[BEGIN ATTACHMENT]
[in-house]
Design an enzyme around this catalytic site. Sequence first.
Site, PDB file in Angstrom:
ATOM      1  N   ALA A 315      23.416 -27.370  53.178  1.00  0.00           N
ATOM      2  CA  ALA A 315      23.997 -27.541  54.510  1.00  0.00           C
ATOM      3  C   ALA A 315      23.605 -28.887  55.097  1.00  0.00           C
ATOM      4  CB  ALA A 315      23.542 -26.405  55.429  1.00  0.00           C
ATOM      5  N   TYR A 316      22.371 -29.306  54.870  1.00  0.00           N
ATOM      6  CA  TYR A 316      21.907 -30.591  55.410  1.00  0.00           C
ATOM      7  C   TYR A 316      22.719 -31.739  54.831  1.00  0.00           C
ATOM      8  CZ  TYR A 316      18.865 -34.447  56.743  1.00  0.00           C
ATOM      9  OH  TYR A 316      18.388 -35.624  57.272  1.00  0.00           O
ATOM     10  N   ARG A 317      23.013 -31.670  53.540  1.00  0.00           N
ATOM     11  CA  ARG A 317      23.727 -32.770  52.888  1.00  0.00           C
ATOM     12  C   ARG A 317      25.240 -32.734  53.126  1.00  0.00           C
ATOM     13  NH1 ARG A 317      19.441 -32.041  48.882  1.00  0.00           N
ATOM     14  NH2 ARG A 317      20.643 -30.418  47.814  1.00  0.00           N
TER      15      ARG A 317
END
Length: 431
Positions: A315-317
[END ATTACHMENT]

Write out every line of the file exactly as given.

[in-house]
Design an enzyme around this catalytic site. Sequence first.
Site, PDB file in Angstrom:
ATOM      1  N   ALA A 315      23.416 -27.370  53.178  1.00  0.00           N
ATOM      2  CA  ALA A 315      23.997 -27.541  54.510  1.00  0.00           C
ATOM      3  C   ALA A 315      23.605 -28.887  55.097  1.00  0.00           C
ATOM      4  CB  ALA A 315      23.542 -26.405  55.429  1.00  0.00           C
ATOM      5  N   TYR A 316      22.371 -29.306  54.870  1.00  0.00           N
ATOM      6  CA  TYR A 316      21.907 -30.591  55.410  1.00  0.00           C
ATOM      7  C   TYR A 316      22.719 -31.739  54.831  1.00  0.00           C
ATOM      8  CZ  TYR A 316      18.865 -34.447  56.743  1.00  0.00           C
ATOM      9  OH  TYR A 316      18.388 -35.624  57.272  1.00  0.00           O
ATOM     10  N   ARG A 317      23.013 -31.670  53.540  1.00  0.00           N
ATOM     11  CA  ARG A 317      23.727 -32.770  52.888  1.00  0.00           C
ATOM     12  C   ARG A 317      25.240 -32.734  53.126  1.00  0.00           C
ATOM     13  NH1 ARG A 317      19.441 -32.041  48.882  1.00  0.00           N
ATOM     14  NH2 ARG A 317      20.643 -30.418  47.814  1.00  0.00           N
TER      15      ARG A 317
END
Length: 431
Positions: A315-317